As some FPSO operators already know, getting detailed and accurate emissions data can be a complicated process. Flare analysis, for instance, can be elusive, because the precise oil and gas mixture coming out of a flare stack is difficult to measure. This is where an advanced emissions management solution can be helpful. It can combine artificial intelligence (AI), advanced analytics and physical property modeling to produce more accurate emissions measurements. These solutions can collect measurements for energy and emissions inventory and perform flare analysis to derive energy usage and predict emissions from the process. With these insights, carbon accounting can be improved, and staff can potentially make operational changes to reduce a vessel’s emissions and energy usage.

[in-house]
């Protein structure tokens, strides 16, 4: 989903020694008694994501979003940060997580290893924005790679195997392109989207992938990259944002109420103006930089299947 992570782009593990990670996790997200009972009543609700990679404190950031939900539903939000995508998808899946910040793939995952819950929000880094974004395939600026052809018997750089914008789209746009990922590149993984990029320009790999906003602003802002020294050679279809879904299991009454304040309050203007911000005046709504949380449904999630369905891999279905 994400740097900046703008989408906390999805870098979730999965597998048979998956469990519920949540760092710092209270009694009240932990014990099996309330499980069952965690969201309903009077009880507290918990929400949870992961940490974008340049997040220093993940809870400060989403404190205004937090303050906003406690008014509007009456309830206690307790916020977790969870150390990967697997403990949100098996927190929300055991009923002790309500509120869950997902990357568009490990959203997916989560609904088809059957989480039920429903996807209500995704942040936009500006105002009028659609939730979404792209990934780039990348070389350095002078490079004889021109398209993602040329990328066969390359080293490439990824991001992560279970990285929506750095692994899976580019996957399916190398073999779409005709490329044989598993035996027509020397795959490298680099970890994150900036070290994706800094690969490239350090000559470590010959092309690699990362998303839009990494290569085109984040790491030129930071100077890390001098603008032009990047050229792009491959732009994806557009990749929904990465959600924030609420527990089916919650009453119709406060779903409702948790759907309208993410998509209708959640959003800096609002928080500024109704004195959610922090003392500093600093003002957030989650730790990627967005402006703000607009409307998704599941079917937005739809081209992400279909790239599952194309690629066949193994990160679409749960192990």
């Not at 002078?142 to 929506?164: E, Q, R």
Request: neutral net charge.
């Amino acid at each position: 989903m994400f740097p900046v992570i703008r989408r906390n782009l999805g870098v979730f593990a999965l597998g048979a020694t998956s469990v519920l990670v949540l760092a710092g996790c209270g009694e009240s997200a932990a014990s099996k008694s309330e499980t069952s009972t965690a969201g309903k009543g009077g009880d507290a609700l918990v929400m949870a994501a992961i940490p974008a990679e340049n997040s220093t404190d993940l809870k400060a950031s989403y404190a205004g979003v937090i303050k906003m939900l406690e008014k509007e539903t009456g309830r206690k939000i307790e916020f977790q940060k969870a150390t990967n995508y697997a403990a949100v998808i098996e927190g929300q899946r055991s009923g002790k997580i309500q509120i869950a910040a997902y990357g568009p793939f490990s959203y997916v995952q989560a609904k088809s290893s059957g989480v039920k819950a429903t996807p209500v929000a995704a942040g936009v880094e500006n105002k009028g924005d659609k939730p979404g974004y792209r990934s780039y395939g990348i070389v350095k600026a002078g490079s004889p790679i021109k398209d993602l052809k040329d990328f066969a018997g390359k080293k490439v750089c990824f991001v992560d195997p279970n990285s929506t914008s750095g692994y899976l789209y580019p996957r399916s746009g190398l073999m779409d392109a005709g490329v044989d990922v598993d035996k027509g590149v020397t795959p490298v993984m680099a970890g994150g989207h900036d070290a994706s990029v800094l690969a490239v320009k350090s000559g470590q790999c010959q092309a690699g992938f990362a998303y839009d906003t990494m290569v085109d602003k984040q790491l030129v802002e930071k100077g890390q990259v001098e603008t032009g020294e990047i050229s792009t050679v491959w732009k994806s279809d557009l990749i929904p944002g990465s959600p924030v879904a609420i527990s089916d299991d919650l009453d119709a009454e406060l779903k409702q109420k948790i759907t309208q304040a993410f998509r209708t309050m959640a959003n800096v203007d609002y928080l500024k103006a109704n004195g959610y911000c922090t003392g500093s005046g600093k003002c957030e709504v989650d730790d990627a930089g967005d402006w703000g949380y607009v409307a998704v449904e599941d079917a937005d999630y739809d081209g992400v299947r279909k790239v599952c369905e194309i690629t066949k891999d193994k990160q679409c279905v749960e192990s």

Insights from the tool can help staff uncover ways to improve or smooth out start-up operations. Analytics can help guide when operators should intervene or even trigger automatic optimization to help reduce energy and emissions in near-real time. And asset efficiency calculations can be used to implement predictive maintenance activities that can save you time, money, effort and energy. 

Throughput. Keeping your vessel running at optimal conditions and achieving a process balance across multiple liquid and gas streams can help you better manage energy and emissions. An intelligent throughput optimization tool can help you achieve this by bringing real-time process engineering to your vessel’s control systems. Through a managed process relationship to the phase envelope, the tool can provide greater insights into process operation and help specify the minimum necessary additives for hydrate formation, benzene freezing and other hazards. And by giving you a process balance and prediction of emissions, the tool can help staff change operations, based on those results. For example, they can address cycle times and operate closer to control limits.